April 3, 2013
Dissecting Darvish's Opening Day
Four Reactions to Tuesday's Almost-Perfect Outing
Yesterday on Effectively Wild, Sam Miller and I talked about Opening Day and the power of first impressions. By the beginning of April, we’ve been so long without baseball that the first performance by a player or team assumes a significance out of proportion to its actual import. If we’ve spent the offseason dreaming on a player doing well, or fearing that he’ll fail, we’re more liable to take it as confirmation of our hopes or fears if that player performs as we expect on Opening Day than we would be if he did the same thing on, say, August 13th.
Tuesday was Opening Day for Yu Darvish, and we had high hopes. The Rangers ace recorded the second-highest strikeout rate among AL starters last season, but he also had the third-highest walk rate and struggled with mechanical consistency throughout the season. As Doug Thorburn detailed last week, Darvish’s mechanics came together down the stretch, and he also stopped nibbling and started throwing more cutters. With an evolved approach, he ended the year on an eight-start run of 66 strikeouts and 10 walks over 57 1/3 innings. Darvish is hard enough to hit when he can’t throw strikes; with good command and control, he might be as close as pitchers come to unbeatable. Both PECOTA and the Baseball Prospectus staff picked him to be the AL’s second-best pitcher in 2013, and with a weak opponent in the Astros, we expected to see a dominant Darvish last night. He didn’t disappoint.
Darvish struck out 14 batters, a career high. He walked none, which he’d done only once before (last year’s Wild Card loss to Baltimore). He fanned Carlos Pena in the fourth on a 98.3-mph fastball, which was 0.3 mph faster than the recorded speed of any regular-season pitch he threw last year, and he threw a slider to Jason Castro in the second that had a fraction of an inch more movement than any of his 2012 offerings. Darvish had no trouble missing bats as a rookie—of the 48 pitchers who threw at least 3000 pitches in 2012, Darvish’s 29.3 percent whiff rate ranked first—but he blew by his previous single-game high of 19 swinging strikes with 27 against Houston. He looks like he’s leveled up since last year.
How much of that was his opponent? The Astros lineup Darvish faced, weighted by plate appearances, had a .252 projected TAv. If Darvish had gotten Marwin Gonzalez out to end the game, it would have been the fourth-worst of 20 lineups to be perfect gamed since 1950. (Surprisingly, lineups in perfect games have tended to be pretty good—only the 1998 Twins, 1981 Blue Jays, and last year’s Astros and Mariners were below league average, although overall productivity isn’t the best way to assess the likelihood of a lineup going a game without a baserunner). It’s a bad offensive team, and while the odds are against its being no-hit at some point this season, it’ll probably come close another time or two.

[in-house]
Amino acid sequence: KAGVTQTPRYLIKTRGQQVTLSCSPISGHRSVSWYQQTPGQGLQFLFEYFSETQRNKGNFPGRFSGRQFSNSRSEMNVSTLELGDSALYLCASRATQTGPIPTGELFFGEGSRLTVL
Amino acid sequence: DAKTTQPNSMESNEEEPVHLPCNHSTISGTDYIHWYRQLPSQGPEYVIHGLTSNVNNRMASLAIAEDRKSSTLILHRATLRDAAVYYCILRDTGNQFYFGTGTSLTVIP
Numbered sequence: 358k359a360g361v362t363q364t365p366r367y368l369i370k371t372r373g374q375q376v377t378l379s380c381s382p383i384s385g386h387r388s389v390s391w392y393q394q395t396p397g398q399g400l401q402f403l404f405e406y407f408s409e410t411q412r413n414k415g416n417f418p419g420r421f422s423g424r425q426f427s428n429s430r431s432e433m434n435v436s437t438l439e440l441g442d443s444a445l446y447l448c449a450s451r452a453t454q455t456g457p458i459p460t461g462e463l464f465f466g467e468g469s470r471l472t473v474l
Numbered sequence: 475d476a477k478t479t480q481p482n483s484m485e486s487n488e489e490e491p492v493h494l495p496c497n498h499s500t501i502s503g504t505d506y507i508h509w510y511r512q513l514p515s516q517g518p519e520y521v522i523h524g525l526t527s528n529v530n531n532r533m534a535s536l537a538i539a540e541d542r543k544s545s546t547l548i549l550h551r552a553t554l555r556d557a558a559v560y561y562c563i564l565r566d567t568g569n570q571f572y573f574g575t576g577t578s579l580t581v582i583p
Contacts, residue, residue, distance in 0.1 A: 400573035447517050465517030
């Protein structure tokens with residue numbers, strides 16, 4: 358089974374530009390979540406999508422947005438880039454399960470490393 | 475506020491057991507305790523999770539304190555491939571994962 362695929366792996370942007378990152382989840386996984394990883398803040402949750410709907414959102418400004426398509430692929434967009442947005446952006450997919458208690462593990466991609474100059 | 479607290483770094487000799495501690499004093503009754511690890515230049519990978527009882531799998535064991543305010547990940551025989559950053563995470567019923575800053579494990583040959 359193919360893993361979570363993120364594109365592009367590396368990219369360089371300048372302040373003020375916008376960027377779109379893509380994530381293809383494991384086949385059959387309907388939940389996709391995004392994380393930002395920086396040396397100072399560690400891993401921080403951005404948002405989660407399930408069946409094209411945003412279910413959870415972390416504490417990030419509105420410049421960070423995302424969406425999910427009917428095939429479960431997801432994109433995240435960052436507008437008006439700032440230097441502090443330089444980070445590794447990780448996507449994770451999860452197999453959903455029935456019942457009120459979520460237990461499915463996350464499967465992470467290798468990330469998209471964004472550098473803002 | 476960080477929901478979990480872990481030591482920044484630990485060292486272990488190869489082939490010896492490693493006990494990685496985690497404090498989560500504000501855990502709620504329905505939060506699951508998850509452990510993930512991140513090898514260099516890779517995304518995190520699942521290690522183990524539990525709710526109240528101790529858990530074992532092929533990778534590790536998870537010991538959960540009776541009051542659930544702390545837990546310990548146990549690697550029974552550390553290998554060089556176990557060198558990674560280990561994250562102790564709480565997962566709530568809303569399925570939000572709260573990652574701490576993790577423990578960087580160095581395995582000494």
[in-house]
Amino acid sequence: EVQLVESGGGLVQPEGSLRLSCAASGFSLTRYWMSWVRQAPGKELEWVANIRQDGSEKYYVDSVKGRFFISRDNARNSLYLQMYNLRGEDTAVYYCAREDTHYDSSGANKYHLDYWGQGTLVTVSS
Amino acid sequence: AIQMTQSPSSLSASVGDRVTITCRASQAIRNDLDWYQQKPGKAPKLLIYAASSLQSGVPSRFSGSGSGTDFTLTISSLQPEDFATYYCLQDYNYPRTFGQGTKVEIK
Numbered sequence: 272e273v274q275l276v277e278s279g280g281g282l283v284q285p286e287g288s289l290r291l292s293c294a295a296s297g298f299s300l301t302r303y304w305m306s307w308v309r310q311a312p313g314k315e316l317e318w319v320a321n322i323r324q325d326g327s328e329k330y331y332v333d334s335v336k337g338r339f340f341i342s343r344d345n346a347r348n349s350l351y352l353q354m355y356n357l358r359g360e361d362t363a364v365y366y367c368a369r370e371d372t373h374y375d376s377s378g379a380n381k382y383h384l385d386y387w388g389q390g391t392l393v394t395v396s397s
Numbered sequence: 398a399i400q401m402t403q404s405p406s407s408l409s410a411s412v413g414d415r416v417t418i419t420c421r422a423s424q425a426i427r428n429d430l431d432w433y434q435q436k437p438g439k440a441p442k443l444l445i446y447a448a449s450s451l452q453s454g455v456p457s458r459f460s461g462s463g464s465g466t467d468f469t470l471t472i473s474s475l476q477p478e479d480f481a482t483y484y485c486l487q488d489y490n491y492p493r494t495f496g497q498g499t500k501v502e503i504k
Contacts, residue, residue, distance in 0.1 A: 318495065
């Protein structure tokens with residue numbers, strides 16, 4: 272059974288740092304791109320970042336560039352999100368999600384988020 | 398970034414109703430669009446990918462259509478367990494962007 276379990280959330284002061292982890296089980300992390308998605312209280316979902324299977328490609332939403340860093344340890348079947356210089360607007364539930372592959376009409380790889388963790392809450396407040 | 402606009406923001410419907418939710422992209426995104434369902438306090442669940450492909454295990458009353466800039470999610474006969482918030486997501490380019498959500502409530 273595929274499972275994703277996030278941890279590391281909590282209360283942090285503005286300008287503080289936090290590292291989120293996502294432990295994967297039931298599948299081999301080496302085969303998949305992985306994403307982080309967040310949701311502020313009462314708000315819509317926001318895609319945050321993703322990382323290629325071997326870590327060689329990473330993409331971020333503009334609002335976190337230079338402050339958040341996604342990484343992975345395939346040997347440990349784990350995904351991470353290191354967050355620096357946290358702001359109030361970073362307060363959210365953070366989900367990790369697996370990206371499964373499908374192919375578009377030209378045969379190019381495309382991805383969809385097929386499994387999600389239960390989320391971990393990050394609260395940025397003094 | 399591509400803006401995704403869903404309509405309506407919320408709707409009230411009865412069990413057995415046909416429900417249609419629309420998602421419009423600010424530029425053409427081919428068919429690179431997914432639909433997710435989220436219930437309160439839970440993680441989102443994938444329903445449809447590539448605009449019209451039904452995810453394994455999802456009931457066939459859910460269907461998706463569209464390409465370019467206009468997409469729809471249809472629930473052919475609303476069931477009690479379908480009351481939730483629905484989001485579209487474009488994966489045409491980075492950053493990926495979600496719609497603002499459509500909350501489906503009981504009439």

So we’re going to have to wait to see how Darvish does against better teams, and whether he can maintain his mechanics all summer. But considering how he finished last season and how well he’s thrown this spring—his velocity ticked up in spring training, too, even more impressive given that most pitchers thrower slower early on—expect more outings like last night’s ahead. —Ben Lindbergh
Given Darvish’s ultra-wide arsenal, it’s always interesting to study what he’s throwing at any given time. At the start of last season, he attacked hitters with a heavy dosage of four-seam fastballs while using the slider and cutter as his main secondary offerings. But as the campaign progressed, Darvish continued running into trouble with walks. He chose to simplify things as a result, eliminating the hitch from his delivery and narrowing his arsenal. Darvish began going with what he could command best––his four-seamer, cutter, and slow curveball. Unless he was ahead in the count, his 80-grade slider took a back seat simply because he had trouble throwing it for strikes.
Between spring training and Tuesday’s masterful start against Houston, Darvish once again appears to be taking a different approach with his repertoire. Of his 111 pitches on Tuesday, he threw just 19 four-seam fastballs, averaging 95.4 mph on the radar gun. As one scout in attendance commented, “The most impressive thing was that he had 94-97 whenever he wanted, but he didn’t even need to use it.”
Darvish threw 46 cutters (out of those 111 pitches) against the lefty-heavy Astros lineup, using it to get under the hands of left-handed hitters. He mixed in a whopping 32 sliders, as well. But the key to his success remains four-seam fastball and cutter command. While Darvish will show his slider at 0-0 or behind in the count on occasion, he’s unlikely to do it often. He was getting ahead with his fastballs constantly on Tuesday, and that enabled him to use his slider as a wipeout offering. A Darvish that’s constantly working with two-strike counts is a scary Darvish given the extreme nature of his repertoire––and the slider in particular. Houston’s hitters learned that the hard way last night. —Jason Cole